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I played with the kids while Tenille went ziplining… 

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And rode donkeys..

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I colored pirate hats, made leis, and painted cowboy hats.  I also did a lot of origami .  Well.. I usually made a boat, but I made a lot of them for a lot of kids.  I also lost my sandal.

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When we were in Puerto Vallarta, I was watching the kids.  We were out on the beach playing.  Andrew told me that he had to use the bathroom, but did not show any urgency.  I should have used a little more judgment as the bathrooms were pretty far away.  You had to walk across about a 100 meters of beach, a maze of pools, then walk through an open air restaurant to get to the bathroom.  After a few more minutes of building sand castles, Andrew squeaked at me in a much more urgent voice holding himself, “I have to go to the bathroom!”  We, then, started the long journey to the bathroom – across the beach, then through the maze of pools.  All this time, his voice seemed to get higher and higher as he was informing me of his urgency.  When we got to the restaurant, his eyes were wide, his breadth was shallow, and his voice was so high, it seemed that dogs would run away.  As we were walking across the marble floor of the restaurant, little Andrew just couldn’t hold it any more. He started leaving a trail of pee.  I quickly picked him up and ran to the bathroom.  When we got to the bathroom, he was all done, and the remainder was on my shirt.  He felt bad.  I felt very bad.  We started the long walk of shame back to the beach.  As we were walking back through the restaurant, I heard an old man ask his wife in a rather loud voice, “Is that the boy?”  He should have been asking, “Is that the bad dad?”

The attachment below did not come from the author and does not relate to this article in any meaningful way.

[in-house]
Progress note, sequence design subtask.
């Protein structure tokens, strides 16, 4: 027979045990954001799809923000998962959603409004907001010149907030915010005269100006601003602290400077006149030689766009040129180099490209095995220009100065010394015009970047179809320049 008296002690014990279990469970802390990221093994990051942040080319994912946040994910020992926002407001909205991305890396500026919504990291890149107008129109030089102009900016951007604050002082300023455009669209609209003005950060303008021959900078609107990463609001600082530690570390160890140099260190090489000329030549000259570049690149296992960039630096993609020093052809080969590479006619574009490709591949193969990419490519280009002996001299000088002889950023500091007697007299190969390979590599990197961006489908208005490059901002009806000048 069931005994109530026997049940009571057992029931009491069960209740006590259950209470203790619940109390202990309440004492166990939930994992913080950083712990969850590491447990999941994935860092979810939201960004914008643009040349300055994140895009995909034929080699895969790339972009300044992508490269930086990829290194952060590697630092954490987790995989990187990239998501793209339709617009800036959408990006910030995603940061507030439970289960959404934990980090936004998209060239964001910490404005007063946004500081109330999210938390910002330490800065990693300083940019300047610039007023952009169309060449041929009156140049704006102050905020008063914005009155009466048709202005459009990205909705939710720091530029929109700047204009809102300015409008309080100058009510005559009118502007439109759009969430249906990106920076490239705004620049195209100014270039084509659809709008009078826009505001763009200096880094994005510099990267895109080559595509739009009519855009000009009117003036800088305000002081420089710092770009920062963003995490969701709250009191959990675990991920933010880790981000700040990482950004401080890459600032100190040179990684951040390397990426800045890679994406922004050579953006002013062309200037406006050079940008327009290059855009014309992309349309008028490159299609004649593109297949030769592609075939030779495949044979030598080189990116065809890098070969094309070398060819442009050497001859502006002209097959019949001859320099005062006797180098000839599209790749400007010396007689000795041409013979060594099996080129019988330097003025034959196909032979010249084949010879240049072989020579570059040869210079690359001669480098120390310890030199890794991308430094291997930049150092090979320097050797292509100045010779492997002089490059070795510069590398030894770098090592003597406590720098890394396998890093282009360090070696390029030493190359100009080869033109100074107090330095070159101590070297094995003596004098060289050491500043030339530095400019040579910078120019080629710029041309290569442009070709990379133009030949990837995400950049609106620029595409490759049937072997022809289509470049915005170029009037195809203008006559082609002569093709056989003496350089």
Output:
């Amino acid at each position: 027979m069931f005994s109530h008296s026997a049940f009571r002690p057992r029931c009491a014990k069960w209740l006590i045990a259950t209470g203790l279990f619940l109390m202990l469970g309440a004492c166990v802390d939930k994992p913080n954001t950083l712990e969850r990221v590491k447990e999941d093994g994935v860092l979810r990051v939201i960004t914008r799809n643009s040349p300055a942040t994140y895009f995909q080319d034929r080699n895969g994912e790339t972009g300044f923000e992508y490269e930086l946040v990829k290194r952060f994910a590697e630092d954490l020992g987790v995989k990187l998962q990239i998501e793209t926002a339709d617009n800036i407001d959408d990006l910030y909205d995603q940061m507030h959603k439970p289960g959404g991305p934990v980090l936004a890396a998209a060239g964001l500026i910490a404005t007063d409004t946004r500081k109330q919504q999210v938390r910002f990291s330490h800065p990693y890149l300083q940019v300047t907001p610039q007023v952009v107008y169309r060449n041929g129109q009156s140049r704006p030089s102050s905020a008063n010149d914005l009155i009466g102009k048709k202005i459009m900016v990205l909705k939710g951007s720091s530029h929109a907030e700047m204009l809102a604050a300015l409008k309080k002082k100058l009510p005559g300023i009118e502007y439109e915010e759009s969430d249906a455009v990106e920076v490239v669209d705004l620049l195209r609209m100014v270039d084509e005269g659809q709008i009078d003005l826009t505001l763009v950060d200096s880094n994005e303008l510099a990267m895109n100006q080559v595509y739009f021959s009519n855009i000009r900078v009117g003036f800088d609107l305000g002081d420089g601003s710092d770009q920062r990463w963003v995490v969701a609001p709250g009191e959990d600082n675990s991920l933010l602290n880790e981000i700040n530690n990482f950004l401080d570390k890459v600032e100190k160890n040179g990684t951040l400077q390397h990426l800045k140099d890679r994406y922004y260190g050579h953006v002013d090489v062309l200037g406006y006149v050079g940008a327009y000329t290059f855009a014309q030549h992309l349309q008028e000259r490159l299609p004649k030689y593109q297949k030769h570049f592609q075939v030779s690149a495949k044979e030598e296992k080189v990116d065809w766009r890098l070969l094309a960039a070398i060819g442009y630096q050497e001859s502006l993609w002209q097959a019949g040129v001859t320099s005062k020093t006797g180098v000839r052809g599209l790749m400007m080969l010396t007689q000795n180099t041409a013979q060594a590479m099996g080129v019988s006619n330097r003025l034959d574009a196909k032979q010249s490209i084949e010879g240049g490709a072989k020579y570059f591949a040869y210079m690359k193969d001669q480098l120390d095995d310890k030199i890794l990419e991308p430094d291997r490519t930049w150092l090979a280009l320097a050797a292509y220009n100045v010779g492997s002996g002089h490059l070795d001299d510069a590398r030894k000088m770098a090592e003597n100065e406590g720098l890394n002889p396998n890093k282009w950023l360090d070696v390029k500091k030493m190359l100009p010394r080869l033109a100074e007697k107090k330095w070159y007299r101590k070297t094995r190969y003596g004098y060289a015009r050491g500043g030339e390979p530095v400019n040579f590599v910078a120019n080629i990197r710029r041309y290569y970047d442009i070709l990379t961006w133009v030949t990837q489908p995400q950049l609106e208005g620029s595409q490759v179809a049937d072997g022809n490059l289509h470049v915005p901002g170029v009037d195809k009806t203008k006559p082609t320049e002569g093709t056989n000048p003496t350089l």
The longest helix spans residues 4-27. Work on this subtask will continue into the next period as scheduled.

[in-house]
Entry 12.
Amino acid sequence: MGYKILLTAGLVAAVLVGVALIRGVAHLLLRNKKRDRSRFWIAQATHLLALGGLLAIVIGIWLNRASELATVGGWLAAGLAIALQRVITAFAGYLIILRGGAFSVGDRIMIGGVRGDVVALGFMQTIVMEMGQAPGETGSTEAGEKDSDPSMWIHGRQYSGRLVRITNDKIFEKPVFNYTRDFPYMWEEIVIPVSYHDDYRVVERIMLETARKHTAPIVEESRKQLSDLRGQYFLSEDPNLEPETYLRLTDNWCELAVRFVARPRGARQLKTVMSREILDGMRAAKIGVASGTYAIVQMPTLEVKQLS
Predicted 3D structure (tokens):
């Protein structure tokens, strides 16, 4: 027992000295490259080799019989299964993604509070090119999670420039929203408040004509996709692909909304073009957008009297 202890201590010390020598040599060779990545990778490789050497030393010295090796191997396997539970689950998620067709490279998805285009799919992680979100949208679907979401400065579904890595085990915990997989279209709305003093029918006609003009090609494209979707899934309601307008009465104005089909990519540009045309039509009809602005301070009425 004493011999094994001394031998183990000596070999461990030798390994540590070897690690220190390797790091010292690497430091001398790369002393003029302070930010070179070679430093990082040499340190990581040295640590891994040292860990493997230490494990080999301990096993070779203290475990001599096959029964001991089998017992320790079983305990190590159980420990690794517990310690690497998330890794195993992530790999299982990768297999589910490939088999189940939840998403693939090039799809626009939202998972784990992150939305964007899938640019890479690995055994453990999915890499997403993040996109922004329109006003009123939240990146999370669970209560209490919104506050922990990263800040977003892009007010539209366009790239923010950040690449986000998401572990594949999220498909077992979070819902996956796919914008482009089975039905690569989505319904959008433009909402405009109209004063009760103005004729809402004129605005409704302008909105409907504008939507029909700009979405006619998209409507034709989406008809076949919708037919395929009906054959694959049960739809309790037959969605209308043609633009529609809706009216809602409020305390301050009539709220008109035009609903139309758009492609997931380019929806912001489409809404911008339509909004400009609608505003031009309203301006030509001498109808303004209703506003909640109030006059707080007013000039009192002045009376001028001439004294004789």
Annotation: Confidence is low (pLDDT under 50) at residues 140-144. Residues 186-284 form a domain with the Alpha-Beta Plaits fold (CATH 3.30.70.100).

When we got back to the beach, we got in the surf, so that the ocean water could wash away the signs of our shame on Andrew’s swim shorts and my shirt.  I walked deeper and deeper until the water came up to my stomach.   A pretty big wave came and knocked me forward.  I stumbled, and when I picked up my foot, it came up without my sandal.  I was hoping that it would be buoyant and float up to the surface, but apparently it was not.  I dug around with my foot and watched for a few minutes, but it was gone.  My sandal was lost to the Pacific.   All this while, I was holding Andrew and asking him to look for my sandal.  When we got out, he was excitedly announcing to everyone that I lost my sandal in the ocean inviting questions as to what I was doing.  Serves me right… just shows you can’t hide from your transgressions…  

Despite the lost sandal and a few cuts and bruises, fun was had by all.   Caleb and Andrew’s favorite part as usual – playing with their cousins….   

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On this trip, Andrew played hard and worked hard and napped hard… Before we knew it, the trip was over as fast as it had begun.